But it's not. What you do is do it from a non-rotating frame, and locate a receiver in that frame at the instant a signal was received. Once you have that position, you then figure out where the grid on the disc was at that instant, and thus know where the receiver was relative to the grid. But the actual light-travel-time location is done from the non-rotating frame.

ETA: Think of it this way. Consider doing a triangulation calculation where the sides of your triangle were curves, not straight lines. That makes it much harder. Not impossible, just harder. So you do it from a frame where the legs are straight lines. For the level of required accuracy, light has significant curvature in the earth rotating frame, but does not in the non-rotating, earth centered frame.

-Richard
And beyond GR etc, there's plain ordinary physics - the signals pass through the atmosphere (if light) and ionosphere (if radio), at varying angles; the detectors and transmitters have their own response times and pulse-to-pulse variations (and other quirks); etc, etc, etc.

19. Originally Posted by publius
I'm going to hunt you all down a good paper on this. Things are a good deal more complex than you think for the level of required accuracy. The rotating frame is avoided specifically because things are so complex there. (SNIP) -Richard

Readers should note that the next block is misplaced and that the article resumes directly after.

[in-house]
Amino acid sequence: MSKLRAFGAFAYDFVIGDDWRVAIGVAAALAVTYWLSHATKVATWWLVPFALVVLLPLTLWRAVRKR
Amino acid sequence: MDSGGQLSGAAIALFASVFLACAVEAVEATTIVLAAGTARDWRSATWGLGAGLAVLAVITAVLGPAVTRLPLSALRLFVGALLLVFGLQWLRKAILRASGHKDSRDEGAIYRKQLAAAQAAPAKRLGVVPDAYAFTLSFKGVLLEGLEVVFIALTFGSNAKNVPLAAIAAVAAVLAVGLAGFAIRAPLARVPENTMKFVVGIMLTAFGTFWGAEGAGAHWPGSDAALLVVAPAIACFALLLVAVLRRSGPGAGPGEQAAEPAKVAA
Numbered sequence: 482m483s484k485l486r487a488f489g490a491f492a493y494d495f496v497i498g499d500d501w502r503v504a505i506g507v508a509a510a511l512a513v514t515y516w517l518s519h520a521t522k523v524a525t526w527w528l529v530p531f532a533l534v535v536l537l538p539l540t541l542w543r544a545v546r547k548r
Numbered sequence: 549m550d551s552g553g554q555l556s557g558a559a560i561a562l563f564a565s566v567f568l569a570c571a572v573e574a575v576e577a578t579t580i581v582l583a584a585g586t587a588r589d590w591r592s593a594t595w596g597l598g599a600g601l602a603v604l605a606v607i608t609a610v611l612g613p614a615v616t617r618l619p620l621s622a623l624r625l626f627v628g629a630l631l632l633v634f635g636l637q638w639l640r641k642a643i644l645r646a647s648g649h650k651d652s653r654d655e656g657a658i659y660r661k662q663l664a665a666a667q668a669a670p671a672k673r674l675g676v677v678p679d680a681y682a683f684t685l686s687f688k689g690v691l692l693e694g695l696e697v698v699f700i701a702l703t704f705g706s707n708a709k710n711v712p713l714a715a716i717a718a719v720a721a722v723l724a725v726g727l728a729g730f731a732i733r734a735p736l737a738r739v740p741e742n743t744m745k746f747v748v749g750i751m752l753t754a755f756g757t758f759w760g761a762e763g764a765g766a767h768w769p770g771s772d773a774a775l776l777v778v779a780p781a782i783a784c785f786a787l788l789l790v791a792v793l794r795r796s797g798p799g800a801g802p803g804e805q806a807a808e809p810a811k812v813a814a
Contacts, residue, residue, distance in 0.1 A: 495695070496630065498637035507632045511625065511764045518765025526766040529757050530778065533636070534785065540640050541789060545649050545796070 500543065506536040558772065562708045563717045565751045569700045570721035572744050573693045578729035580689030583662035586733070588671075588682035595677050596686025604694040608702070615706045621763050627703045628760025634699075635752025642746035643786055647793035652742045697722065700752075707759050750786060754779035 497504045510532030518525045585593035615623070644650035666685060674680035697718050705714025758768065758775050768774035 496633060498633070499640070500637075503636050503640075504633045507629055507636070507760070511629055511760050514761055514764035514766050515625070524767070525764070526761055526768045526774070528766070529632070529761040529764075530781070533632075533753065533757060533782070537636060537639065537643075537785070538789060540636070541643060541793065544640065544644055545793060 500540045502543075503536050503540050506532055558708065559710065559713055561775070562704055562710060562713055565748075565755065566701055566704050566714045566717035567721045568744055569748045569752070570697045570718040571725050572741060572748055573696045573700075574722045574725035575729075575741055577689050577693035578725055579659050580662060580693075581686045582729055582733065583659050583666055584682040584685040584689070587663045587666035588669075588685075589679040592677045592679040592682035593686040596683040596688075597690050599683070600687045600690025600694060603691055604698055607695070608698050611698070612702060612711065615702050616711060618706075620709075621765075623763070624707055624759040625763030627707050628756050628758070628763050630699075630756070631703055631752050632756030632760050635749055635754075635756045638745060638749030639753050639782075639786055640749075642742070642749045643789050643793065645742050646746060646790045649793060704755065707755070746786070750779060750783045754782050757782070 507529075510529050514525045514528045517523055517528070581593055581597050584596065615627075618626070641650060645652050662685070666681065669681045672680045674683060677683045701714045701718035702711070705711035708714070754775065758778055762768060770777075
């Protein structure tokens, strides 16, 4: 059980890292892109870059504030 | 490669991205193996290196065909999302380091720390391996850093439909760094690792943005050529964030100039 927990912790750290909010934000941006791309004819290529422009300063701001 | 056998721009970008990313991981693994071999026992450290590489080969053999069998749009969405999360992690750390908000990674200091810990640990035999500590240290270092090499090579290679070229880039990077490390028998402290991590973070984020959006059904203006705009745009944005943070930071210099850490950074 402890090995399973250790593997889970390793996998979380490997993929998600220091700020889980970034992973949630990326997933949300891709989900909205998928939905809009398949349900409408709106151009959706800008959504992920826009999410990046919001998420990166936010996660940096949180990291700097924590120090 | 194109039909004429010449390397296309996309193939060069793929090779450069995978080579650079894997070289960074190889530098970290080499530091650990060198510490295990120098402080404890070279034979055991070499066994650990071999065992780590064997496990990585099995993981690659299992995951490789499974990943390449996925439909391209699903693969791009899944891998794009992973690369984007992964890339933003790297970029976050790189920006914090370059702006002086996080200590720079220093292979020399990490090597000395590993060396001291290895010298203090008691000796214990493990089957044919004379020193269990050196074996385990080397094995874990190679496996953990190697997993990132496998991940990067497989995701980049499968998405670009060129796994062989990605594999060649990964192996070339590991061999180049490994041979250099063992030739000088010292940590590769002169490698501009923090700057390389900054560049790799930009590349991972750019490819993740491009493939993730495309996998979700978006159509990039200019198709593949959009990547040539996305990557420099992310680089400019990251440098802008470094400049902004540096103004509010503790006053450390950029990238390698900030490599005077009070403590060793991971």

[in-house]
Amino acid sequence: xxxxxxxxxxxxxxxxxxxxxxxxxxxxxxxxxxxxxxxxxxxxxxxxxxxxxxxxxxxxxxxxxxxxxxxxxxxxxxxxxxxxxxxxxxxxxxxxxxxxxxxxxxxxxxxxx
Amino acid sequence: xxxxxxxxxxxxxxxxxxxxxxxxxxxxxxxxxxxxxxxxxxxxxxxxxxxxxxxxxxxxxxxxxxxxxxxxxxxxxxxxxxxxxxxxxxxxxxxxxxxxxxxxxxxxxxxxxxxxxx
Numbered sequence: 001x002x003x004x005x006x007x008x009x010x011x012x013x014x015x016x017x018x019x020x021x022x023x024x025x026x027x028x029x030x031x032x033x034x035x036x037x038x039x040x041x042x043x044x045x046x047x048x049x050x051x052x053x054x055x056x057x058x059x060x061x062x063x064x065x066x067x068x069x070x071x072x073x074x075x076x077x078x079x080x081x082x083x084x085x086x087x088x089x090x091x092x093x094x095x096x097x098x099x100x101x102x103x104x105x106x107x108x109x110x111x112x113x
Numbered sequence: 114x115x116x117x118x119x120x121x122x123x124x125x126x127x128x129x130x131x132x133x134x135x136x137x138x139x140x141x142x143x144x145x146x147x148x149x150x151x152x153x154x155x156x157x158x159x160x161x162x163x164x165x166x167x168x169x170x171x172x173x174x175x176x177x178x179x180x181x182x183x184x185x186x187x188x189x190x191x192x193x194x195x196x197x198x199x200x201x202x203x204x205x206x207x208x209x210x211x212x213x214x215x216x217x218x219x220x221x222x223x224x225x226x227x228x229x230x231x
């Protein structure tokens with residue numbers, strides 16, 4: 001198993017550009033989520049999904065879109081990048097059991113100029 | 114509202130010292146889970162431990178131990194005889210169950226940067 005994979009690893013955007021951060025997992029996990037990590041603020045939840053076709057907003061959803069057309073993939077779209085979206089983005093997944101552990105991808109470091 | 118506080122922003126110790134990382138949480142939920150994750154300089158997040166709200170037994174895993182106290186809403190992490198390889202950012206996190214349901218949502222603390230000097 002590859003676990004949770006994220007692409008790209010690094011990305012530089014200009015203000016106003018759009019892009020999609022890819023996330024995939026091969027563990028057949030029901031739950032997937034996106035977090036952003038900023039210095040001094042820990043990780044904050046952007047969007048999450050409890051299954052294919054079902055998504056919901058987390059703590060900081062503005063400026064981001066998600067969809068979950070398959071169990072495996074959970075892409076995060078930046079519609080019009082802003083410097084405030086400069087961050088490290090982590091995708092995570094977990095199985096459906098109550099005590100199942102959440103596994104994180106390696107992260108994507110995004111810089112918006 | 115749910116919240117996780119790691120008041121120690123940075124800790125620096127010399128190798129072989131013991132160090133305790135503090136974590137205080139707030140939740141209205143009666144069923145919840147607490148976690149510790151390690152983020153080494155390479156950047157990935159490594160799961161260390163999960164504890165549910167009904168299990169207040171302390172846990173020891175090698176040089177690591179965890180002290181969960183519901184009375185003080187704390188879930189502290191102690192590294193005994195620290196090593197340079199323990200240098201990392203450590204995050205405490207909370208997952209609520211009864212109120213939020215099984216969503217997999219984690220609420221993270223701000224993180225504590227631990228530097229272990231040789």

Youīre right. Shortly after my response I was thinking about this. But it was too late (10:27 at my location).

20. Apparently, the most oft cited paper on this is "Relativistic effects in the global positioning system" by Neil Ashby which appeared in the "General Relativity and Gravitation" journal. I cannot find an online source (haven't looked that hard, but I did try a bit). However, is a less technical piece by Ashby here that basically summarizes things:

http://www.phys.lsu.edu/mog/mog9/node9.html

-Richard

21. Originally Posted by publius
Apparently, the most oft cited paper on this is "Relativistic effects in the global positioning system" by Neil Ashby which appeared in the "General Relativity and Gravitation" journal. I cannot find an online source (haven't looked that hard, but I did try a bit). However, is a less technical piece by Ashby here that basically summarizes things:

http://www.phys.lsu.edu/mog/mog9/node9.html

-Richard
For those who are interested in more details (and will understand more than I do): An other good one (but very technical piece) is by Robert D. Klauber: arXiv:gr-qc/0108036 v2 24 Jul 2002 (sorry, I donīt know how to post links)

22. MooCow ( )

We've been discussing Klauber and relativsitic rotation in the latter part "Copernicus and Heliocentrism" thread right here.

-Richard

23. Originally Posted by publius
MooCow ( )

We've been discussing Klauber and relativsitic rotation in the latter part "Copernicus and Heliocentrism" thread right here.

-Richard
Do you expect me to follow all threads, Publius Quinctilius Varus ? Or Publius Cornelius Tacitus? If so, si tacuisses MooCows donīt follow all alleys